Remember that “PhoneDrone” scam from a while back? With two tiny motors and props that could barely lift a microdrone, it was pretty clearly a fake, but that doesn’t mean it wasn’t a pretty good idea. Good enough, in fact, that [Nick Rehm] came up with his own version of the flying phone case, which actually works pretty well.
In the debunking collaboration between [Mark Rober], [Peter Sripol], and the indispensable [Captain Disillusion], you’ll no doubt recall that after showing that the original video was just a CGI scam, they went on to build exactly what the video purported to do. But alas, the flying phone they came up with was manually controlled. While cool enough, [Nick Rehm], creator of dRehmFlight, can’t see such a thing without wanting to make it autonomous.
To that end, [Nick] came up with the DroneCase — a bicopter design that allows the phone to hang vertically. The two rotors are on a common axis and can swivel back and forth under control of two separate micro-servos; the combination of tilt rotors and differential thrust gives the craft full aerodynamic control. A modified version of dRehmFlight runs on a Teensy, while an IMU, a lidar module, and a PX4 optical flow sensor round out the sensor suite. The lidar and flow sensor both point down; the lidar is used to sense altitude, while the flow sensor, which is basically just the guts from an optical mouse, watches for translation in the X- and Y-axes.
After a substantial amount of tuning and tweaking, the DroneCase was ready for field tests. Check out the video below for the results. It’s actually quite stable, at least as long as the batteries last. It may not be as flexible as a legit drone, but then again it probably costs a lot less, and does the one thing it does quite well without any inputs from the user. Seems like a solid win to us.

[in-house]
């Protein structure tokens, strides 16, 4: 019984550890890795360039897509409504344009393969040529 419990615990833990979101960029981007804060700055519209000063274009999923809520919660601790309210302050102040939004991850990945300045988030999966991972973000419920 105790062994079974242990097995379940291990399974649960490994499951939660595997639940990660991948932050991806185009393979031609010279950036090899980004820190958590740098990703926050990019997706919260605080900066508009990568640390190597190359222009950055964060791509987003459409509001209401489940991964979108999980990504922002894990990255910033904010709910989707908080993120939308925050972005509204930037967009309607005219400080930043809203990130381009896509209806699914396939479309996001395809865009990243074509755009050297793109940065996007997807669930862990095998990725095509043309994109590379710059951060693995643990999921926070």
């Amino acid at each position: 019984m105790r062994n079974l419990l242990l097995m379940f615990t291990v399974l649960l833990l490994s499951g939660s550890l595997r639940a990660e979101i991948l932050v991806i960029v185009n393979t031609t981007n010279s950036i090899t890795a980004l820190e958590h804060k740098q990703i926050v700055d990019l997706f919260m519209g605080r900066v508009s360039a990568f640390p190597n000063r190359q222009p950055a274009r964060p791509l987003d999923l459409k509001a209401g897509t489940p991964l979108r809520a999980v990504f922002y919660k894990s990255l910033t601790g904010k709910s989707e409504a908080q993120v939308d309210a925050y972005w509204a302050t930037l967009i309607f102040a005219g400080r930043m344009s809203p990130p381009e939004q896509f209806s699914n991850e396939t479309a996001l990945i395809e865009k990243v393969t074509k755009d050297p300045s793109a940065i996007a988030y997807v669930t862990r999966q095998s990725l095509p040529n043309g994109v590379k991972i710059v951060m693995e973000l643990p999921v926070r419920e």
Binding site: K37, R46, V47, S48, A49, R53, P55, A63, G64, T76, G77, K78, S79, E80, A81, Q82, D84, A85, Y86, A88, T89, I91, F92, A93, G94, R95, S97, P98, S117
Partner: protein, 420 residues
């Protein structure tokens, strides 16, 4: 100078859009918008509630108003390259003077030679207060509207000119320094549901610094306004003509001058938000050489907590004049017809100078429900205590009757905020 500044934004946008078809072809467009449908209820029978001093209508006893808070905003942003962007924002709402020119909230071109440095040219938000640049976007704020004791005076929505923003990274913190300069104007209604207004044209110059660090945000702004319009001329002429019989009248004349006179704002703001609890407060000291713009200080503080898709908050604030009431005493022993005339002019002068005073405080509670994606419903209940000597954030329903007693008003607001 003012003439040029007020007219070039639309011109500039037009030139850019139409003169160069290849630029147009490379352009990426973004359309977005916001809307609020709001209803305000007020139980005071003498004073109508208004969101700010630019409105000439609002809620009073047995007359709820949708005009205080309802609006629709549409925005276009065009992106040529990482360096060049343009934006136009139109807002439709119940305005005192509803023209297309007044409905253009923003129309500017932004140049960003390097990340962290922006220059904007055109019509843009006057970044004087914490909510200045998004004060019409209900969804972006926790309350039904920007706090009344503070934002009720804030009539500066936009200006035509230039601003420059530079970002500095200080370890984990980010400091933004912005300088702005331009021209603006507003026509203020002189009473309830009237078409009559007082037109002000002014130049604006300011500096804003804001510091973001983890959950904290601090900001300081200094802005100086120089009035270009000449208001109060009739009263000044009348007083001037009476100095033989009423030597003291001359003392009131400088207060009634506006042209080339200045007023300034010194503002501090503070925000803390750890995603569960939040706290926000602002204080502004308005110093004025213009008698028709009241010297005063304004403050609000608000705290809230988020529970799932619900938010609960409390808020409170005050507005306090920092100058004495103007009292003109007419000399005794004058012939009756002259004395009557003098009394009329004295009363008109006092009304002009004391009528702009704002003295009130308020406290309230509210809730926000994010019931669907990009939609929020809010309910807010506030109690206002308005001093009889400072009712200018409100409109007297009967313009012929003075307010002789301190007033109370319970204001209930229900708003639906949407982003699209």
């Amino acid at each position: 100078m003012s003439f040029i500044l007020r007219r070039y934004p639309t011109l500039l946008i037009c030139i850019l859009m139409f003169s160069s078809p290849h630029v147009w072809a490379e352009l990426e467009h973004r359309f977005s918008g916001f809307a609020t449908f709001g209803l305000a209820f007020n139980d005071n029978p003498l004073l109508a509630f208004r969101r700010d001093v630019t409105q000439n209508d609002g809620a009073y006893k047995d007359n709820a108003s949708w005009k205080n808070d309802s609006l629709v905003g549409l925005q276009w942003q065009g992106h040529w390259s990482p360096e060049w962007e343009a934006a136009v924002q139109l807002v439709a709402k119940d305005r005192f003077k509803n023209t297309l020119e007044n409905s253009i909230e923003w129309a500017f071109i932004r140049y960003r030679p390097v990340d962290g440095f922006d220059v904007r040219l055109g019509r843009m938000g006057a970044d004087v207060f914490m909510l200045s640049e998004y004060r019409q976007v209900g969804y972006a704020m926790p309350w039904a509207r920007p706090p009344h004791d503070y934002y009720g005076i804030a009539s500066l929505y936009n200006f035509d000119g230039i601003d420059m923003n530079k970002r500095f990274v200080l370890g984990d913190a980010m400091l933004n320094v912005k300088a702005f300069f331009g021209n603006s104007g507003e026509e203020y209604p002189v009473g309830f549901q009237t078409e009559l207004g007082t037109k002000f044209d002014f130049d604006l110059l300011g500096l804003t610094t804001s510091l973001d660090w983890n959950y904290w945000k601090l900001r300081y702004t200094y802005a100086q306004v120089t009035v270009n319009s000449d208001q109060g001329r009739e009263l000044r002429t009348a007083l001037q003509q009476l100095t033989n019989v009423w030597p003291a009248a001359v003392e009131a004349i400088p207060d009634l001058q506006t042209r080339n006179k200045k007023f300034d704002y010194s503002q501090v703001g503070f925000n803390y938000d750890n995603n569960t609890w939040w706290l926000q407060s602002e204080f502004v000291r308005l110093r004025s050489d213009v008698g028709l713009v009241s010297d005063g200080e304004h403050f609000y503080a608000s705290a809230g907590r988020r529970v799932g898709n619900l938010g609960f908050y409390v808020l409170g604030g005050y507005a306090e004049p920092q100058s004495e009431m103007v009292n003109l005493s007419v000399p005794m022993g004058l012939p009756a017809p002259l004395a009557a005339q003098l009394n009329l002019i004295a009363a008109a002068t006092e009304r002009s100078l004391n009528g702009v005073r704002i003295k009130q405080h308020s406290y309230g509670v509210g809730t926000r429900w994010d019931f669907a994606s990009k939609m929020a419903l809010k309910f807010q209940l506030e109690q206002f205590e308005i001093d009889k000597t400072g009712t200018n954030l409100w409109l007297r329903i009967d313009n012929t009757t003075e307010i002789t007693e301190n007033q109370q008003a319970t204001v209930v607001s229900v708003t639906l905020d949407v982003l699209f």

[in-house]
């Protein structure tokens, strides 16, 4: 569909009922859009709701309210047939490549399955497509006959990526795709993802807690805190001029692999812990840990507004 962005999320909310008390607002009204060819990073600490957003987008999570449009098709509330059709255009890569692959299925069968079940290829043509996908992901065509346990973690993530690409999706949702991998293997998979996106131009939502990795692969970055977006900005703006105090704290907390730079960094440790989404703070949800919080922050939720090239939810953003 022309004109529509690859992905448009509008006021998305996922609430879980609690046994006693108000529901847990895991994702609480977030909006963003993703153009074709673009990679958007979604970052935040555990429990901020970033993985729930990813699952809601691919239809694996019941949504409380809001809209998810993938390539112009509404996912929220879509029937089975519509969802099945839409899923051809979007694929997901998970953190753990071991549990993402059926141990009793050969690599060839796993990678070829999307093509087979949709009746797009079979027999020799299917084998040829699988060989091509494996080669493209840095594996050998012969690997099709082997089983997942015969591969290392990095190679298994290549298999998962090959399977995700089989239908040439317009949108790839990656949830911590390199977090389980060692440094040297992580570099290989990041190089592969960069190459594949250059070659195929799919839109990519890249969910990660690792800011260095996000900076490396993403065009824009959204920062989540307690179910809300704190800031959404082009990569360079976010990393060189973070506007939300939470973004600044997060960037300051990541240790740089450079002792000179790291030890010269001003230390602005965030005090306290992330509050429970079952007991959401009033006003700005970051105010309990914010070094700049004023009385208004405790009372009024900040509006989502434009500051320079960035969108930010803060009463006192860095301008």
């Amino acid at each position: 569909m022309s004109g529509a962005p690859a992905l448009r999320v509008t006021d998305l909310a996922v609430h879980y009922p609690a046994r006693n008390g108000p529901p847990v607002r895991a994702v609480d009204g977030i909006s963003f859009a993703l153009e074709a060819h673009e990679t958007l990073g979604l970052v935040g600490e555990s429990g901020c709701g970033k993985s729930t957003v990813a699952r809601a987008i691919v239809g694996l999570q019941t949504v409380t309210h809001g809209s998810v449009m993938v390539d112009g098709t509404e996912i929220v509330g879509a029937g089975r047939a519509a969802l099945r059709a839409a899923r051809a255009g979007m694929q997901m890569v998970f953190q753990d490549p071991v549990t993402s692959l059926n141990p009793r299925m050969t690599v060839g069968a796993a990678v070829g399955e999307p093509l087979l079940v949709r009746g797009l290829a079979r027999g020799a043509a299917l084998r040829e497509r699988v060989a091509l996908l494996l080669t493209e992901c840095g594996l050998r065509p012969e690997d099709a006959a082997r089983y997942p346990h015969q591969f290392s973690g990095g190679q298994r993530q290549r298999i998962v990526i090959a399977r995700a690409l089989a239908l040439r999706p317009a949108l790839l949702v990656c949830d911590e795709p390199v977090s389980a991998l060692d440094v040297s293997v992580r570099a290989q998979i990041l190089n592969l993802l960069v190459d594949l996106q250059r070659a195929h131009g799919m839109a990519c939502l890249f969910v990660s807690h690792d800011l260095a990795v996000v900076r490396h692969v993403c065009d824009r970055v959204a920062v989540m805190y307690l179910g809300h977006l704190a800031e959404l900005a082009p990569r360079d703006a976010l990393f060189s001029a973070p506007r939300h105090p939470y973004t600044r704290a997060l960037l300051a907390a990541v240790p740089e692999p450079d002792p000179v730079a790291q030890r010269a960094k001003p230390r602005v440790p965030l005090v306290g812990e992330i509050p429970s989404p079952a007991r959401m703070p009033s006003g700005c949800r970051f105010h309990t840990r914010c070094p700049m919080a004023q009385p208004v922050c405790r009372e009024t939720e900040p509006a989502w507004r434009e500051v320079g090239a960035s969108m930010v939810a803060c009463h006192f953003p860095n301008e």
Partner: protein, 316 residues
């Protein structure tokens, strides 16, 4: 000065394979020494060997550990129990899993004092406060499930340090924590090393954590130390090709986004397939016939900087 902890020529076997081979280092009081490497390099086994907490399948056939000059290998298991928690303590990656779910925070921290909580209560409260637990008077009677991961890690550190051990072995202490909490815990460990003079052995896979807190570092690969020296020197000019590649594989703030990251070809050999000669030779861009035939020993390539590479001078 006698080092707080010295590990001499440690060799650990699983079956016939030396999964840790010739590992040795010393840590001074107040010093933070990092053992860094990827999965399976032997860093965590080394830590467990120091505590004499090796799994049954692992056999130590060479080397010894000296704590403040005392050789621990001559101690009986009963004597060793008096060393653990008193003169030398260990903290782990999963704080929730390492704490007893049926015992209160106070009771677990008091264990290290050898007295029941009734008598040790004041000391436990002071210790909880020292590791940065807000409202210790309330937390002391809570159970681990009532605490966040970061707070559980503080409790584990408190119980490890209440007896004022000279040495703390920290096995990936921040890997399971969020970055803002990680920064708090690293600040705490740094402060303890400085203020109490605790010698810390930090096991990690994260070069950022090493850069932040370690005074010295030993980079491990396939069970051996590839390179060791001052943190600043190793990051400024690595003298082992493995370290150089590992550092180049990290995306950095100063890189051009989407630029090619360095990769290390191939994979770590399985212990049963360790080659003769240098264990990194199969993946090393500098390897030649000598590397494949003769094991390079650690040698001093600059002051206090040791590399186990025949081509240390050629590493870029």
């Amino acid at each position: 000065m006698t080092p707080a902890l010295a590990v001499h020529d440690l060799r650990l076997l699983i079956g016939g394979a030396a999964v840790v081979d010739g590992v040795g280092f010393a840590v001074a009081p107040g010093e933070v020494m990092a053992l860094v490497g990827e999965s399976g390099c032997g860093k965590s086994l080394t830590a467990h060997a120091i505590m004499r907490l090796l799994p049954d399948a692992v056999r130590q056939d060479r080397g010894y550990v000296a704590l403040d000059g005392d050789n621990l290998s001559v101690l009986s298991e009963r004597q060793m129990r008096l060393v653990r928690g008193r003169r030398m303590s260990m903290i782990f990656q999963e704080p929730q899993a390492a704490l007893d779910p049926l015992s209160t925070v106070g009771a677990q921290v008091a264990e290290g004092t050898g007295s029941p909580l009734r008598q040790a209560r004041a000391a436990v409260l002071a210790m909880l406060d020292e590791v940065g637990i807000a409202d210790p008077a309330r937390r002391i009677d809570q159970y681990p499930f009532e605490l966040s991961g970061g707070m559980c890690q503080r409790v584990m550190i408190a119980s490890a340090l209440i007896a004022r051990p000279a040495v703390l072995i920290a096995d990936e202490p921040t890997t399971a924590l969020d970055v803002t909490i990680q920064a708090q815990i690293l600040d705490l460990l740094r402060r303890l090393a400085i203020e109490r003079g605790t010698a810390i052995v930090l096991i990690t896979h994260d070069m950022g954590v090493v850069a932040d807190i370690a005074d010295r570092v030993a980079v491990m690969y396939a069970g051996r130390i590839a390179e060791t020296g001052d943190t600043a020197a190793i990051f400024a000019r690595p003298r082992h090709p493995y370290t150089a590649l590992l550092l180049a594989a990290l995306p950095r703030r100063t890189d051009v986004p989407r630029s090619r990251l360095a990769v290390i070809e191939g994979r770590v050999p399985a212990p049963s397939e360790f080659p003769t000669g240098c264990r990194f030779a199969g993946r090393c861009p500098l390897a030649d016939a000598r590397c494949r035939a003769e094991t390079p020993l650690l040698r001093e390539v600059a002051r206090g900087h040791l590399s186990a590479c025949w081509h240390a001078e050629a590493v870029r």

8 thoughts on “Bicopter Phone Case Might Be Hard To Pocket, But Delivers Autonomous Selfies”
That’s awesome! I just find it a little frustrating how there’s an extra mcu and imu in the mix, when we know the phone already has that hardware.
A kernel panic can crash more than just your operating system when it happens. Better to use an external, purpose built flight system instead. Or several.
Indeed. Multiple redundancies reduce multiple catastrophes.
It’s probably more acceptable for a ~50 gram plastic toy to crash, than for the device one uses to contact emergency services.
I appreciate the redundancy aspect, though. Robust system design makes sense.
What we don’t hold to a high enough standard is the mobile phone, since it crashing clearly came to mind for you…
The real reason is more probably that it is easier to program a drone to hold a phone in place, than it is to program a phone to be a drone.
I do wonder if he did (or if he should) use the IMU to hold the position ? Maybe it could be more precise.
Consumer grade IMUs are not good enough for holding position.
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